Consistency of Responses for Many Items

Comparisons of the C2SS and the 2000 long-form-sample estimates for individual items cannot establish which is closer to a measure of truth—additional research would be required to examine this issue, using such techniques as matches with consistently defined administrative records and reinterviews of households. Yet such comparisons can identify the extent to which items are broadly consistent between the two surveys, thereby giving users confidence in the ACS as a replacement for the long-form sample. Complete consistency should not be expected even with the same questions because of differences in reference periods and residence rules, question formatting, editing, interview mode, and other survey procedures, yet the finding of major differences would be cause for disquiet and suggest further needed research.

The comparisons of the C2SS and the 2000 long-form sample for household residents found that most items were broadly consistent between the two sources at the national level. Individual comparisons performed for 18 of the 36 counties in the ACS test sites also found a high degree of consistency for most items. (It was not possible to perform comparisons for group quarters residents because they were not included in the C2SS.) “Driving to work alone” was an instance of a category in which national estimates were similar between the C2SS and the long-form sample, but estimates differed substantially for some of the counties that were examined individually. For this category, the C2SS estimates were appreciably higher in three counties and appreciably lower in three counties than the corresponding long-form-sample estimates (U.S. Census Bureau, 2004b:23).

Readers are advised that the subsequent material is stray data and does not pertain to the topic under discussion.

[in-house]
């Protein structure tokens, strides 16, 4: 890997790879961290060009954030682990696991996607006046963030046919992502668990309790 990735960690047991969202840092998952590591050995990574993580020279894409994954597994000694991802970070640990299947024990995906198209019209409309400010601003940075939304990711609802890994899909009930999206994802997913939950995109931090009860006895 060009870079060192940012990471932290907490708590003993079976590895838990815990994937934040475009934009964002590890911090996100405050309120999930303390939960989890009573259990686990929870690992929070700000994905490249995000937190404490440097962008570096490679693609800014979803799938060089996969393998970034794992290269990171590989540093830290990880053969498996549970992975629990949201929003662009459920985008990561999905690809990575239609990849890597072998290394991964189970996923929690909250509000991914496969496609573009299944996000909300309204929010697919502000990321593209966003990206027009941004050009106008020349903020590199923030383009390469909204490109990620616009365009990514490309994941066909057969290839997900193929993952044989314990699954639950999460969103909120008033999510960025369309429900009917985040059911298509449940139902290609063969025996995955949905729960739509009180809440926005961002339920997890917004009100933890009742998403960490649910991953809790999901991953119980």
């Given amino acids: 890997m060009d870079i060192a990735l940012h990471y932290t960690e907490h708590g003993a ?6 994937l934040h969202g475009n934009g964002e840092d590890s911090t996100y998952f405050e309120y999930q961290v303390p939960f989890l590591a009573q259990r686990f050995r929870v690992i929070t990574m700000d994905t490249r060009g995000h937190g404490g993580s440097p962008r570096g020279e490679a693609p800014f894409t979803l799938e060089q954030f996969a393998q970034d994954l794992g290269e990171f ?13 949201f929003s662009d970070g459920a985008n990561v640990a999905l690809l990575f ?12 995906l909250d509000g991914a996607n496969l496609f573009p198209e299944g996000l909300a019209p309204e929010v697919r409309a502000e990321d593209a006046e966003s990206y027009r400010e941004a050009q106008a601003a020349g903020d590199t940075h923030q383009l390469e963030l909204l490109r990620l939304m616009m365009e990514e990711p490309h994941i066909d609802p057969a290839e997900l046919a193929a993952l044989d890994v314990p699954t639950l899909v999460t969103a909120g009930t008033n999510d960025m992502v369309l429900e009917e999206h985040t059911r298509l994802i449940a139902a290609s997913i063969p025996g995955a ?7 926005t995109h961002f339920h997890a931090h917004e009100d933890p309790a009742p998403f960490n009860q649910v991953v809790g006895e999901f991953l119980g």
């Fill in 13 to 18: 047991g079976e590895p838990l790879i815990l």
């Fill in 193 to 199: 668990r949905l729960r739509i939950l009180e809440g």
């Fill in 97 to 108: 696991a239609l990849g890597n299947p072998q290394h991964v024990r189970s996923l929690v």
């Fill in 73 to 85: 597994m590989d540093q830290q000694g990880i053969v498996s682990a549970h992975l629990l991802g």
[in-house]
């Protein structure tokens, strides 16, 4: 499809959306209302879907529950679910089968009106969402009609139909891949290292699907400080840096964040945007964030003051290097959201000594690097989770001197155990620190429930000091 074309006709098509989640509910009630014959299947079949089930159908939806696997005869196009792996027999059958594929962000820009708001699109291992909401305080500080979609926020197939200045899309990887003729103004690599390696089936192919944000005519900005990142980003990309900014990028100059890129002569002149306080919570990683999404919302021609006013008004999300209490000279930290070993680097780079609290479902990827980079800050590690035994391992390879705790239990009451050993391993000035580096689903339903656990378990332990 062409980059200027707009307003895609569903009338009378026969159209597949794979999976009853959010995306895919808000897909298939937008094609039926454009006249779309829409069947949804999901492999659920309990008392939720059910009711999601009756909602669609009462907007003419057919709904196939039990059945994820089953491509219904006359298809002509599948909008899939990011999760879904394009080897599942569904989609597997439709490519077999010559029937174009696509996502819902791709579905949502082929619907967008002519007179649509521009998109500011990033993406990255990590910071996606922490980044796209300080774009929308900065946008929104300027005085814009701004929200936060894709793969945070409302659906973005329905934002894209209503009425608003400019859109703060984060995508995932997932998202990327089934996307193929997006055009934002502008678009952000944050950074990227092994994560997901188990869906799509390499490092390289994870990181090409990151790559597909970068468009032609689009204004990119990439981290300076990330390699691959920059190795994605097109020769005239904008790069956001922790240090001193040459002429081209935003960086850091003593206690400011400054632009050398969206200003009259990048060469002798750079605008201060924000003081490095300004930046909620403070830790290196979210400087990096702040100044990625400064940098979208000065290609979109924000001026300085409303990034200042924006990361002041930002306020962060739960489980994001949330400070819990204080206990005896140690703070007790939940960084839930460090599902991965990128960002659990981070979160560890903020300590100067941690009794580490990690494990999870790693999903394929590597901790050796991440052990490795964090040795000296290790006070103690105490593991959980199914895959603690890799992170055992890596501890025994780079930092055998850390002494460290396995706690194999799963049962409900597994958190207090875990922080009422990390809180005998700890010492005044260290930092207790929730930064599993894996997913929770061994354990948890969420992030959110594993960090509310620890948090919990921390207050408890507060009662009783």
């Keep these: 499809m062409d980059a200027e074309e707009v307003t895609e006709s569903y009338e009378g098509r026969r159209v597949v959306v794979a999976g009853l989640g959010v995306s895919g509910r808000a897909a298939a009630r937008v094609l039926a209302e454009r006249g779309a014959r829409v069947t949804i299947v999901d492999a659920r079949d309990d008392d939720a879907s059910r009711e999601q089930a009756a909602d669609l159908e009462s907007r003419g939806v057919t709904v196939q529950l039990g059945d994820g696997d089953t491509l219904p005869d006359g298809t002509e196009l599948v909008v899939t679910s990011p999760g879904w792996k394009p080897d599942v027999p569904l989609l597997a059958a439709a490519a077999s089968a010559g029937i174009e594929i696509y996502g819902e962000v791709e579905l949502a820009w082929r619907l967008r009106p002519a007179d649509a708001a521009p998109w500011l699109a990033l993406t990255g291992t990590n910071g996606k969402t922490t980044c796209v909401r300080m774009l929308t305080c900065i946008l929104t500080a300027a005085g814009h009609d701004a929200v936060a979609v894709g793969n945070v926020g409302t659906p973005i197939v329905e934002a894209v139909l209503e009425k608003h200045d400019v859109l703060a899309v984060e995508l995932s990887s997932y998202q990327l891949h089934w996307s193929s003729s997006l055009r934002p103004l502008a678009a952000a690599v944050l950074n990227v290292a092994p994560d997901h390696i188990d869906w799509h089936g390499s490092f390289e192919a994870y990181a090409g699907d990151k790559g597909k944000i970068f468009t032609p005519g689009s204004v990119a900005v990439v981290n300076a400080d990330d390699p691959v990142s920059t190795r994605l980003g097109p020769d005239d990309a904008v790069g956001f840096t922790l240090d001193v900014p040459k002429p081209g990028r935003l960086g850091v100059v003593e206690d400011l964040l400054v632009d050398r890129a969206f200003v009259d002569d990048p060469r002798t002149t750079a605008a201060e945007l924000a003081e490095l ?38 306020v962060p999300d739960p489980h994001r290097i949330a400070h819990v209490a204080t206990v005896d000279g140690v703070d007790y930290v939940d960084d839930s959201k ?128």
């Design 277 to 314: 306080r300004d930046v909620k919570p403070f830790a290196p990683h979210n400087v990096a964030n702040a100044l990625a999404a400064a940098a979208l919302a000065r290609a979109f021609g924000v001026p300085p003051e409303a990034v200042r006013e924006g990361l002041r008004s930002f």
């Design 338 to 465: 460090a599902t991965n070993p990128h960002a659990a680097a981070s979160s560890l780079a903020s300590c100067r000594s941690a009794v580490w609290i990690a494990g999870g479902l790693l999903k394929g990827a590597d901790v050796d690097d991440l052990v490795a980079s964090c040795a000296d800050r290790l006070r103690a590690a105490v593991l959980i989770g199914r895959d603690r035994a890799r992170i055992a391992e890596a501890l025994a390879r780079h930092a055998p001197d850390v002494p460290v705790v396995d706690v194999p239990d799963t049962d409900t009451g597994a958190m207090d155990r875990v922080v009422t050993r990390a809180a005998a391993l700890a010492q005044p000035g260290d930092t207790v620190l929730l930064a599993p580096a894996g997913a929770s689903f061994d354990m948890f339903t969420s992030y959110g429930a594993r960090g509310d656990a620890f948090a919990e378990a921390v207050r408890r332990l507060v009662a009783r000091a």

National-level differences between the two surveys that were statistically and substantively significant occurred for race, ancestry, vacancy status, tenure (owner/renter), number of rooms in the housing unit, disability status for people ages 5–64, employment status, and median income. Users should always exercise care when comparing estimates from any of the ACS data sets (2005, 2001–2004 test surveys, C2SS) with the 2000 long-form sample because of differences in the ACS and long-form-sample design and operations. They should be particularly careful when making comparisons for the items discussed below.

Race and Ethnicity The C2SS estimated a higher percentage of “white alone” and a lower percentage of “some other race alone” compared with the 2000 long-form sample (77.5 versus 75.3 percent for “white alone” and 3.9 versus 5.5 percent for “some other race alone”). These results appear due in part to differences in wording and format of the race and ethnicity questions, which the Census Bureau is investigating (U.S. Census Bureau, 2004a:32). Another contributing factor is that census enumerators, who

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